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Following the successful removal of a large polyp in her bowel three years earlier, our client – an 80 year old lady from the West Midlands, underwent a follow-up colonoscopy procedure three years later to check for polyps higher up in the large bowel. Our client understood that this procedure was usually performed by a colonoscopy specialist (a nurse or doctor) who uses a thin flexible tube (a colonoscope) with a tiny camera on the end to look inside bowel and remove any small growths or polyps.
It was explained that this is a fairly routine surgical procedure taking no more than 30- 45 minutes, but very early into the procedure it was abandoned by the consultant who told her that unfortunately he had perforated her colon in two places.
Several days later she was taken back to theatre for surgical repair and the formation of a colostomy. Our client was informed that this would involve the surgeon bringing a part of the colon from inside her body through her abdomen to the outside and attaching a bag to it to collect the waste products that would normally go through the colon. She was eventually discharged from the hospital with the stoma bag in place and continued on a course of strong antibiotics.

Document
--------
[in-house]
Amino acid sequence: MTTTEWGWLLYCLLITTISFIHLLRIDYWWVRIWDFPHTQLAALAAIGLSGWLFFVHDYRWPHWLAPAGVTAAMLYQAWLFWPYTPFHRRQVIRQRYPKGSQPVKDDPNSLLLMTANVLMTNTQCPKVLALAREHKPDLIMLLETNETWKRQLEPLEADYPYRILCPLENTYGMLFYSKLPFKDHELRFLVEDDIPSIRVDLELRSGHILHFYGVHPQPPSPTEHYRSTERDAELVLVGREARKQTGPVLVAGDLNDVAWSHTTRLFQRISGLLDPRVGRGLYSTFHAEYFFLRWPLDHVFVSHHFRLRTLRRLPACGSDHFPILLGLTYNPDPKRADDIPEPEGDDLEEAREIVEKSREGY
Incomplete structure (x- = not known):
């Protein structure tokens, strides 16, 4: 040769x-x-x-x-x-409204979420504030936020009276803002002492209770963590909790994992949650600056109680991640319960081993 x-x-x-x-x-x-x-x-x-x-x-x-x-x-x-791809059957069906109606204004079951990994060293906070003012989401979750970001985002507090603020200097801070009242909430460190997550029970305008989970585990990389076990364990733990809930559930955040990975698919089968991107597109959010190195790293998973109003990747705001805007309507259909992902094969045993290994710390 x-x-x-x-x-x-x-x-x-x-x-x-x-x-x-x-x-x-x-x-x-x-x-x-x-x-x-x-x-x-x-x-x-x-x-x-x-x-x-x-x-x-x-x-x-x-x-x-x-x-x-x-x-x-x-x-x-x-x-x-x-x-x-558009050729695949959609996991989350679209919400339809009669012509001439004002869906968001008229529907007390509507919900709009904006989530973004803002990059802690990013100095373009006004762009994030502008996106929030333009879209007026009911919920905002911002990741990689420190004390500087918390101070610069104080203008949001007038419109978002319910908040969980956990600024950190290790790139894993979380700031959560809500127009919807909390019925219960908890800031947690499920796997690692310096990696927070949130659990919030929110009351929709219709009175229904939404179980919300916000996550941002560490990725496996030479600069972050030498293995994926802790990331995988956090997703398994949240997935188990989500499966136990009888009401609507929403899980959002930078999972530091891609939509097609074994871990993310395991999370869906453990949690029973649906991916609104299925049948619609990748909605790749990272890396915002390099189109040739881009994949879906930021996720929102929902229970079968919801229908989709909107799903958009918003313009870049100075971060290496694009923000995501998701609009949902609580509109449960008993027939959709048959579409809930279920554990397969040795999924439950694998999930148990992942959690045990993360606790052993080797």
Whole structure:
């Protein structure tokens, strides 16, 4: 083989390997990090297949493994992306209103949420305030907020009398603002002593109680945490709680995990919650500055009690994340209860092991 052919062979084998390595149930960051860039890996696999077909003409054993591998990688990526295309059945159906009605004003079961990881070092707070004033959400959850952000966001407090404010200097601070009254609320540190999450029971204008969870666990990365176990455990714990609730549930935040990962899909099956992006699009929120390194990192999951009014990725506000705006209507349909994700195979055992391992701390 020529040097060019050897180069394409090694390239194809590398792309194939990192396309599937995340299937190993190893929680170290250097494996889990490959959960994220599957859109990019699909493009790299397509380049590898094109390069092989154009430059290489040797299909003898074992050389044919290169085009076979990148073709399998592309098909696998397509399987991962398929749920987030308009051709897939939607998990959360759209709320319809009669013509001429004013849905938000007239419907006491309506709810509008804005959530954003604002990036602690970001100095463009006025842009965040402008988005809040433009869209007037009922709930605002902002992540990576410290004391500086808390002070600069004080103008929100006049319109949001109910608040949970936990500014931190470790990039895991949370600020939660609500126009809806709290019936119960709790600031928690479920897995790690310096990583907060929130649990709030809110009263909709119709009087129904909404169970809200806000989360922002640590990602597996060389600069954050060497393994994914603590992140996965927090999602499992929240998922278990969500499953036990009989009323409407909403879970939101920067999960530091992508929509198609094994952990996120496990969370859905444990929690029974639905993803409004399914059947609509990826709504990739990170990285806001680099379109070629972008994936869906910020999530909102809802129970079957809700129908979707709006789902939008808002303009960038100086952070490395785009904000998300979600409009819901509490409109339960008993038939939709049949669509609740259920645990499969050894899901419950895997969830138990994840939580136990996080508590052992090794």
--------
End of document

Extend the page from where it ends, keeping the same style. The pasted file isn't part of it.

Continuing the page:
Four months later she needed more surgery to reverse the stoma, following which she made a gradual recovery. Annoyed by the attitude of the consultant, our client approached specialist clinical negligence solicitor, Richard Bannister of Access Legal, to assist her with investigating a medical negligence claim.
We obtained and examined her medical notes and records and commissioned reports form independent medical experts which concluded that insufficient care had been taken during the colonoscopy. That evidence supported our claim that, on the balance of probabilities, none of these subsequent operations would have been necessary had the original consultant not perforated her bowel during the botched colonoscopy.
As a consequence, the pain, discomfort and inconvenience our client subsequently had to endure over several months should have been avoided.
Despite the defendant’s hospital not formally admitting liability, we managed to achieve a substantial and early Out of Court settlement, part of which reflected the amount of extra care our client had needed from her family while she struggled back to health.